American warplanes carried out two separate airstrikes against advancing Islamic State (IS) positions in northern Iraq after artillery fire from the group fell near U.S. personnel, the Pentagon said Friday.
In the first strike, the United States hit IS artillery that was used against Kurdish forces defending the city of Irbil, said Rear Adm. John Kirby, the Pentagon press secretary.
Later, a U.S. unmanned aircraft attacked a mortar-firing site and four Navy fighter jets destroyed a seven-vehicle convoy outside of Irbil, Kirby said.
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The decision to strike came from the head of U.S. Central Command under authorization of President Barack Obama — who made clear, Kirby said, that the U.S. military will continue to take action against IS whenever its fighters threaten Americans or U.S. facilities, including in the capital, Baghdad.
U.S. strikes may also target an IS position near a mountain in northwest Iraq where up to 40,000 Yazidis, a minority religion in Iraq, have fled fearing attacks. Obama said IS’s determination to wipe out the Yazidis raises the prospect of genocide; as such, the president has also authorized targeted airstrikes to break the siege at that mountain, a statement by senior administration officials said Thursday.
There was no timeframe for exactly how long the American campaign against IS would last.
Since June, IS has swept through many northern Iraqi villages, home to religious minorities targeted by the group. The fighters also captured the country’s largest dam on Thursday.
Their advance has accelerated over the past week as they routed Kurdish troops near the Kurds’ autonomous region in northern Iraq. The retreat of the Kurds has brought IS to within half an hour’s drive of Irbil. The prosperous and — until recently — safe regional capital serves as a hub for U.S. and European oil companies, many of which have evacuated staff in recent days.
The Al-Qaeda splinter group IS has taken control of numerous cities and major oil fields in Syria and Iraq. Its stated aim is to create a caliphate and impose its radical version of Islamic law.
Speaking Thursday, Obama said the U.S. would “help Iraqis to push back” against the armed group but cautioned that it would be a limited action that did not involve ground troops.
“The president’s decision to use force in Iraq was appropriate, given the circumstances,” House Armed Services Committee Chairman Howard P. McKeon said Friday.
“We must all understand that [IS] threatens both the Iraqi people and poses a clear and present danger to the United States. It is regrettable that [the IS’s] rise was preventable, but we must now look forward to the task ahead.”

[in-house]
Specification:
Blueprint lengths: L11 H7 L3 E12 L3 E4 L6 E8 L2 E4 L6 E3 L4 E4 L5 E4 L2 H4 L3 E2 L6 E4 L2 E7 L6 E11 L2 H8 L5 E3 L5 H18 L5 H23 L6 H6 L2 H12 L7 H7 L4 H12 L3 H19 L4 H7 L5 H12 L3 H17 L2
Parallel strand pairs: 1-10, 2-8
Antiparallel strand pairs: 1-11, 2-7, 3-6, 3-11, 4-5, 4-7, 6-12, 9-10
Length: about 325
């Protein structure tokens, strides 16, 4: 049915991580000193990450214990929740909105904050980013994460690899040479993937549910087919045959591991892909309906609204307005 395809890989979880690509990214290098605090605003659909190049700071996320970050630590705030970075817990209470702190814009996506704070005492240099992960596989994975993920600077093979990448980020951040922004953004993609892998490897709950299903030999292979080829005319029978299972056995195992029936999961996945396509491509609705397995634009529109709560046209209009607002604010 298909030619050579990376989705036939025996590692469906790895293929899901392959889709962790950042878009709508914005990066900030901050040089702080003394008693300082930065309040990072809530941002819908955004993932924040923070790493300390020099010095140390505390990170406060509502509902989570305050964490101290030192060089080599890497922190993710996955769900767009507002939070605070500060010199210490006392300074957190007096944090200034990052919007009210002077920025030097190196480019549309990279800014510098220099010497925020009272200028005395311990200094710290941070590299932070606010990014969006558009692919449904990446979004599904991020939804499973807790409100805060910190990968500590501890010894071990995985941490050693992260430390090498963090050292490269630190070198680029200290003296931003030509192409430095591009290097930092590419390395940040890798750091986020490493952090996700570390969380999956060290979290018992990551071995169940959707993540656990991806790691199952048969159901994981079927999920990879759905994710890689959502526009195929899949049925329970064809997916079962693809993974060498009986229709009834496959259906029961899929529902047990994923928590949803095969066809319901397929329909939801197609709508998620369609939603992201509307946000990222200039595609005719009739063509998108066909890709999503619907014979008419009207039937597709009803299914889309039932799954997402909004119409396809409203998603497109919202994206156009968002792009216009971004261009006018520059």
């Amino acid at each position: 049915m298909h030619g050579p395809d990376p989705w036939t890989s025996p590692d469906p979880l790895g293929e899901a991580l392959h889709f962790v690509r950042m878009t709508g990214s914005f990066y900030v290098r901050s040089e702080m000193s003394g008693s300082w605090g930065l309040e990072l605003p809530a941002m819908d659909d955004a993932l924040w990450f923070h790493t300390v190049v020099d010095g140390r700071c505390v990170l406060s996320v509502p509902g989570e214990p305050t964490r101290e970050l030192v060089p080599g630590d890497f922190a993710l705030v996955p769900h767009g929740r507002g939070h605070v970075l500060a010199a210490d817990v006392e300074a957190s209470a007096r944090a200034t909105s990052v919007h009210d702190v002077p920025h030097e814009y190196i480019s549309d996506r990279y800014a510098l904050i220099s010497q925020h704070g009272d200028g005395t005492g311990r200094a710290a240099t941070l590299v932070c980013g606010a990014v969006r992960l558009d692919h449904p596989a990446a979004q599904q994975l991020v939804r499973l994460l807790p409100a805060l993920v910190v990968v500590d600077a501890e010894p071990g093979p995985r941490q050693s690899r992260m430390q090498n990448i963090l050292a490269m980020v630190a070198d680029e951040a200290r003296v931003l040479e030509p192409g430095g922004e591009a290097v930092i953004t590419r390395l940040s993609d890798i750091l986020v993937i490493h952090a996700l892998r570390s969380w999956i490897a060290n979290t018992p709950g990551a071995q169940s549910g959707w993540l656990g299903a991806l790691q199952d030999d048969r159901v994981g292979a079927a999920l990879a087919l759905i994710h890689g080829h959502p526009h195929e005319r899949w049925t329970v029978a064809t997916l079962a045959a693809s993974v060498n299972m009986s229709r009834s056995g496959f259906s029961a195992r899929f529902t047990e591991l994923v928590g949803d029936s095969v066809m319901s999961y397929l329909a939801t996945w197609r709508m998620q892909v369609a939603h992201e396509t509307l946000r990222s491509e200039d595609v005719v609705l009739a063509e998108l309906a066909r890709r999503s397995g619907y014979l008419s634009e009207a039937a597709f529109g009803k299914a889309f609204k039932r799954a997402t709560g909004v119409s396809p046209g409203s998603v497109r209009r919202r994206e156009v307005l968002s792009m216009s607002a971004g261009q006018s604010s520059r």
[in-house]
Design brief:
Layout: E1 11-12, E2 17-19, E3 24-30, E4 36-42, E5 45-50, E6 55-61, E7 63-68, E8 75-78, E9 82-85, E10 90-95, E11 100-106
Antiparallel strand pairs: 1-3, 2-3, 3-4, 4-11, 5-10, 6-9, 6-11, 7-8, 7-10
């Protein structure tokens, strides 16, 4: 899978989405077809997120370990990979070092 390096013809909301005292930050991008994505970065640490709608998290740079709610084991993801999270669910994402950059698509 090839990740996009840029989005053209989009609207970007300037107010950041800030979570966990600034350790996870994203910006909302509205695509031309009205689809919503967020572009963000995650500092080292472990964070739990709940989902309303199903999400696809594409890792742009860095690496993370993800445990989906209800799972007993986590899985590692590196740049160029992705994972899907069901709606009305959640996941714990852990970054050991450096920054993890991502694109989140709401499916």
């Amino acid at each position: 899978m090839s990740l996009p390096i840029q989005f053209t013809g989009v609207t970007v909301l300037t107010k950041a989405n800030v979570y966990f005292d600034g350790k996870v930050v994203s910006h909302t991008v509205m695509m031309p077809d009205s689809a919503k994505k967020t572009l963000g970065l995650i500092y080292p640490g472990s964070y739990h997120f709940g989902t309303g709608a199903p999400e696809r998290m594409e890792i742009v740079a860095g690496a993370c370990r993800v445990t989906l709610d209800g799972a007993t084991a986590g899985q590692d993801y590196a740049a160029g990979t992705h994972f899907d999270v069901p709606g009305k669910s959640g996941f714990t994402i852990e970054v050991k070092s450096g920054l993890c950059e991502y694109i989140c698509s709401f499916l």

House Speaker John Boehner (R-Ohio) issued a statement Friday backing the airstrikes in principle, but criticizing the Obama administration's overall response to IS.
“The president’s authorization of airstrikes is appropriate, but like many Americans, I am dismayed by the ongoing absence of a strategy for countering the grave threat (IS) poses to the region,” Boehner said. “Vital national interests are at stake, yet the White House has remained disengaged … such parochial thinking only emboldens the enemy and squanders the sacrifices Americans have made.”
Meanwhile, the Federal Aviation Administration (FAA) on Friday took the precautionary step of prohibiting U.S. flights from crossing Iraqi airspace “due to the hazardous situation created by the armed conflict.”
The White House has made it clear that it does not want boots on the ground in Iraq, but a small contingent of U.S. troops was already sent by Obama earlier in response to IS gains, mainly to protect the U.S. embassy and its personnel. The troops have also helped to provide security cooperation with Iraq’s military.
Those U.S. forces are on the ground in both Baghdad and Irbil and are coordinating with additional forces, as needed, the statement by senior administration officials said.
“We are not launching a sustained U.S. campaign against (IS) here, because our belief is the best way to deal with the threat of (IS) over the long term is for the Iraqis to do so,” the statement read. “But that does not mean that we’re not going to support them in that effort through additional assistance, training, equipping, intelligence, advice.”
The operation is legal under both domestic and international law, the officials said. The government of Iraq requested the assistance, and at home, Obama has the authority as commander-in-chief to direct actions meant to protect U.S. citizens and to further U.S. national security and foreign policy.
Al Jazeera and wire services